Yahoo recently announced that it will eliminate telecommuting, or working from home, because company leaders believe the office environment fosters collaboration, productivity, efficiency and yes, fun that can’t be accomplished if everyone is working from home. As you can imagine, Yahoo employees are reacting somewhat negatively to this decision.
On the surface, Yahoo’s decision may appear employee-UNfriendly but perhaps it’s not all wrong.
Working from home allows employees the flexibility to deal with sick kids, to attend to plumber visits, to avoid the distractions of a busy work environment while still getting their work done. But there are distractions at home as well. I’ve worked from a home office for 16 years and while I love the flexibility, I’m easily distracted by dishes that need to be put in the dishwasher, a stray tree limb in my yard, or even an afternoon March Madness basketball game. Another challenge of working from home is that my creativity and inspiration are limited to what I, or the internet, can generate. And we all know what happens when we start looking for inspiration on the internet – an hour of YouTube later, we’re still looking for inspiration on the internet.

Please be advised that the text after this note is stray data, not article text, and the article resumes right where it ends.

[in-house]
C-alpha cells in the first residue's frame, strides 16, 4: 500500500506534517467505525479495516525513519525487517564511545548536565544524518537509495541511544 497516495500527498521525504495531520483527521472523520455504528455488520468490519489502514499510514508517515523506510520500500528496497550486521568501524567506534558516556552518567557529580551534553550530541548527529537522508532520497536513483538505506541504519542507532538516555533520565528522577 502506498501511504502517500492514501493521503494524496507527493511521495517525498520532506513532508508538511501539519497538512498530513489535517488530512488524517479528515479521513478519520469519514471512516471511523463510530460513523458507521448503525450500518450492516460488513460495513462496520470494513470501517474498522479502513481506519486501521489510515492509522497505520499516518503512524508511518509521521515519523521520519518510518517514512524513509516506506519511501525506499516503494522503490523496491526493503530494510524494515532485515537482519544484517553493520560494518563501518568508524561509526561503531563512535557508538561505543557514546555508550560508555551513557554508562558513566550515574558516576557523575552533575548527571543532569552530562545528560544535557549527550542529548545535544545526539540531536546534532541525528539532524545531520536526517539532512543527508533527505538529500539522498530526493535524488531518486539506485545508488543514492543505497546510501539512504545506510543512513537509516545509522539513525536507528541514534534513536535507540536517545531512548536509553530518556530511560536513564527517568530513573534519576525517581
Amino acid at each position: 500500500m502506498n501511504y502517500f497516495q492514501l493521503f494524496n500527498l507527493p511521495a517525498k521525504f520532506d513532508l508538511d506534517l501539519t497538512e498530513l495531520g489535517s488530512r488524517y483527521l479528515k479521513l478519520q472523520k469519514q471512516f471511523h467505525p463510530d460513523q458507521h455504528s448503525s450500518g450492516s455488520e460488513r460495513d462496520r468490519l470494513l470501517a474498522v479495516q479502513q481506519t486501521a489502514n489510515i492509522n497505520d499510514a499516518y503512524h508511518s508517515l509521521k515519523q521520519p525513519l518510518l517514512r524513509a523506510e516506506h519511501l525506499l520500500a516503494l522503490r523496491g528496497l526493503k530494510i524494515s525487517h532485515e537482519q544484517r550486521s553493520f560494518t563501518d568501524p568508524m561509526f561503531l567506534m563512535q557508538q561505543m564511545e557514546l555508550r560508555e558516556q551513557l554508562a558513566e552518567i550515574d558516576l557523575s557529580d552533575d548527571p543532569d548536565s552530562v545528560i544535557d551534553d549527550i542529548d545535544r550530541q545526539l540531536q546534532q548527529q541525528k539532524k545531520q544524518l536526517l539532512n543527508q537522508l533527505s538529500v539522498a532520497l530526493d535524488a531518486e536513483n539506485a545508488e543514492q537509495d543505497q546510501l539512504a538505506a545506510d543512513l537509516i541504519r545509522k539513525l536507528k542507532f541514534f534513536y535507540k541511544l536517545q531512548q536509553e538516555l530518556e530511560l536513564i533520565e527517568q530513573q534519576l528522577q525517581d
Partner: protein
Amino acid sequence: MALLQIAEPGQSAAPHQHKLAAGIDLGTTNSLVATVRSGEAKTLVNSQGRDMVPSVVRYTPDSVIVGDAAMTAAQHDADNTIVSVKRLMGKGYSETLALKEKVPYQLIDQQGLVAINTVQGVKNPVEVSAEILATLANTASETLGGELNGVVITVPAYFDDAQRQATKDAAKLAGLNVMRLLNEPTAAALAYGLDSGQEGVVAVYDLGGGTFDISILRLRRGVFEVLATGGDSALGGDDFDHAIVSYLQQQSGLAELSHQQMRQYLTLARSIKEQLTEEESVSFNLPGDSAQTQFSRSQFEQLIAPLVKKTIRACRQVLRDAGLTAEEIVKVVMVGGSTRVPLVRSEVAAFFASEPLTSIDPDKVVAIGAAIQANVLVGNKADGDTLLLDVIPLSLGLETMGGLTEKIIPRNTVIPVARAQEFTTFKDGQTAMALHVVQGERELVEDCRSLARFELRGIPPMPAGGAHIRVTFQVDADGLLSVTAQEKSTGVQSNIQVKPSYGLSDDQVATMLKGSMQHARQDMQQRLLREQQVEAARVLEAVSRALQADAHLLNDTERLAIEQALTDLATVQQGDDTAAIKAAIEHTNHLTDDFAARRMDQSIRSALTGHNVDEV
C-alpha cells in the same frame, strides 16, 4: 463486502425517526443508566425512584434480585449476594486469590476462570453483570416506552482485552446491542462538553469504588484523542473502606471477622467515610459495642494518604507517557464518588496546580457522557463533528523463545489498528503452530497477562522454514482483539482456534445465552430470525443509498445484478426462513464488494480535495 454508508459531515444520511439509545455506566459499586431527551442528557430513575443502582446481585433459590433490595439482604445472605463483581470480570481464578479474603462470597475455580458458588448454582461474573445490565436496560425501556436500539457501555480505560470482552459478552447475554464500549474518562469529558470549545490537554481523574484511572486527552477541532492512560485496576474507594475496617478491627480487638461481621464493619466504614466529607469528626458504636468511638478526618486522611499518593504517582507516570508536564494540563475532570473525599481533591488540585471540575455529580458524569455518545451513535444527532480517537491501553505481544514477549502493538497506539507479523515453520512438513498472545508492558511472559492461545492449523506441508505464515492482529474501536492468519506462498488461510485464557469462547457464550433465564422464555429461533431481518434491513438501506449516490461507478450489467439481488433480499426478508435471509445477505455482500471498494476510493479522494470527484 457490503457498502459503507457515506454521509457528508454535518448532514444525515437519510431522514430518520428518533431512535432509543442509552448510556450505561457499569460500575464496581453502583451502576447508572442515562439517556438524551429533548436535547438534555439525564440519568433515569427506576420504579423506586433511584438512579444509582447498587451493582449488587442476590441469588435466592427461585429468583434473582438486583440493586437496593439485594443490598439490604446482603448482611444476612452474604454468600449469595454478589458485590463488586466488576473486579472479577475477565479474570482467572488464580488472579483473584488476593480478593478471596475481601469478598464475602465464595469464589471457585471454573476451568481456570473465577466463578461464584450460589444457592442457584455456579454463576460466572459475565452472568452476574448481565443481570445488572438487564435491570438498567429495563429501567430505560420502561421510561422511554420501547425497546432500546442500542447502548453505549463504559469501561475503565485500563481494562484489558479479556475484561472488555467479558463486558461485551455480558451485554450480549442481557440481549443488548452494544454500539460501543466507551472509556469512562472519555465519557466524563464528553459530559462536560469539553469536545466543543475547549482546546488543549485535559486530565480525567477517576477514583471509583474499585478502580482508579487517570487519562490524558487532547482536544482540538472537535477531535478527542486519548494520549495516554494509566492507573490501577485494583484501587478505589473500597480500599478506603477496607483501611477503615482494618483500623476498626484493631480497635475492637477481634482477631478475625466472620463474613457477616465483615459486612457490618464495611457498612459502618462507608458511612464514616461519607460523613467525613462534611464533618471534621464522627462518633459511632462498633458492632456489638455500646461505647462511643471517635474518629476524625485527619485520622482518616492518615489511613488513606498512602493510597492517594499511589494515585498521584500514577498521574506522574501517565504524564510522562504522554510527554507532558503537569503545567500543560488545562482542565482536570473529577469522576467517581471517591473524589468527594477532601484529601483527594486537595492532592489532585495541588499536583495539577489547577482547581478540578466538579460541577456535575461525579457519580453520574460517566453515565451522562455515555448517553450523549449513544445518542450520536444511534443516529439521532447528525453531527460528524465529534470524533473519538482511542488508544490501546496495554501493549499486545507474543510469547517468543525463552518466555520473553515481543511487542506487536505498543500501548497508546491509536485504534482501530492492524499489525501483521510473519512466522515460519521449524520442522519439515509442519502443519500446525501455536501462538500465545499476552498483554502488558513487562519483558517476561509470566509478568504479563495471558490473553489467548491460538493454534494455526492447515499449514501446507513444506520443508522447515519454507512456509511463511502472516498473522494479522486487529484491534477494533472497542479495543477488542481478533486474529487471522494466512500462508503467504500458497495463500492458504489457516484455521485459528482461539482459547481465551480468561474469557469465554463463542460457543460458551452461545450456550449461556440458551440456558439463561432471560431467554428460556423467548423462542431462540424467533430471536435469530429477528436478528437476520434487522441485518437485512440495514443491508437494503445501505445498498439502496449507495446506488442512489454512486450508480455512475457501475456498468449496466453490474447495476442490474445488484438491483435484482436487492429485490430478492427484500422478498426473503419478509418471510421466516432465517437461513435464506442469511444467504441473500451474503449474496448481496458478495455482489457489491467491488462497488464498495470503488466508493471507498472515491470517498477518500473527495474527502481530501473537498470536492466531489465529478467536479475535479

Working alone is not as productive as it may seem.
There is a creative and fun vibe that emerges from interacting with other employees. In fact, many people work at coffee shops for that very reason. They can benefit from the energy created by the other customers without being drawn into their conversations. This same kind of energy is present in the office environment and I suspect that’s what Yahoo is attempting to enable.
Oh sure, there are also distractions, tensions, and pressure in a corporate office setting. But the atmosphere of people working together can lead to a creative energy that exceeds each individual’s own abilities. Two heads are better than one.
Yahoo is trying to harness that combined energy by bringing people back to the office. The problem is that they’re taking something away that employees saw as a benefit. Ultimately, they may be inadvertently inviting bitterness and angst back to the office instead of the positive energy they desire.
Perhaps the best solution is to engage the employees in creating a new policy which allows some telecommuting without sacrificing the creative energy in the office. I suspect they would not only get more support for their new policy but they would achieve the excellence they want without devaluing the employees in the process.
I’m sure there is more to say about this topic but I just noticed my bird feeder needs to be refilled.